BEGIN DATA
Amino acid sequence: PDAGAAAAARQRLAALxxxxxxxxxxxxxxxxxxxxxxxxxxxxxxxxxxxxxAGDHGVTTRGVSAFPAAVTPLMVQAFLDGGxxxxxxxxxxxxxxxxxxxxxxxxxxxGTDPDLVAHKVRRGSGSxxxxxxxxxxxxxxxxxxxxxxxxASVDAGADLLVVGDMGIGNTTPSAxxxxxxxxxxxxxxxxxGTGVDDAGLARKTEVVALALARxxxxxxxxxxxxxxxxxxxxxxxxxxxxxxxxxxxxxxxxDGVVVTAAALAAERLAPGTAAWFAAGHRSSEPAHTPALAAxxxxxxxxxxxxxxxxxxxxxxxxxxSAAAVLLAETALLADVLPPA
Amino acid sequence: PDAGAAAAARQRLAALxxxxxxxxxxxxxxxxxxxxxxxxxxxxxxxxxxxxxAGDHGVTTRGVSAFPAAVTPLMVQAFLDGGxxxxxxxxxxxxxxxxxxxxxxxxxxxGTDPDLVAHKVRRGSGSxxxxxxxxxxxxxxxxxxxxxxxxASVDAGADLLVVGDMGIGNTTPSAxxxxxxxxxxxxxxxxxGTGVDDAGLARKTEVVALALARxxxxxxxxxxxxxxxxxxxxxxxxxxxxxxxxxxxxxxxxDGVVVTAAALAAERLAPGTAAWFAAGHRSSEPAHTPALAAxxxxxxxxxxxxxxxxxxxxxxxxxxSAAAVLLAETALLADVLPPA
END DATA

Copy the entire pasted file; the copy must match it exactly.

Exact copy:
Amino acid sequence: PDAGAAAAARQRLAALxxxxxxxxxxxxxxxxxxxxxxxxxxxxxxxxxxxxxAGDHGVTTRGVSAFPAAVTPLMVQAFLDGGxxxxxxxxxxxxxxxxxxxxxxxxxxxGTDPDLVAHKVRRGSGSxxxxxxxxxxxxxxxxxxxxxxxxASVDAGADLLVVGDMGIGNTTPSAxxxxxxxxxxxxxxxxxGTGVDDAGLARKTEVVALALARxxxxxxxxxxxxxxxxxxxxxxxxxxxxxxxxxxxxxxxxDGVVVTAAALAAERLAPGTAAWFAAGHRSSEPAHTPALAAxxxxxxxxxxxxxxxxxxxxxxxxxxSAAAVLLAETALLADVLPPA
Amino acid sequence: PDAGAAAAARQRLAALxxxxxxxxxxxxxxxxxxxxxxxxxxxxxxxxxxxxxAGDHGVTTRGVSAFPAAVTPLMVQAFLDGGxxxxxxxxxxxxxxxxxxxxxxxxxxxGTDPDLVAHKVRRGSGSxxxxxxxxxxxxxxxxxxxxxxxxASVDAGADLLVVGDMGIGNTTPSAxxxxxxxxxxxxxxxxxGTGVDDAGLARKTEVVALALARxxxxxxxxxxxxxxxxxxxxxxxxxxxxxxxxxxxxxxxxDGVVVTAAALAAERLAPGTAAWFAAGHRSSEPAHTPALAAxxxxxxxxxxxxxxxxxxxxxxxxxxSAAAVLLAETALLADVLPPA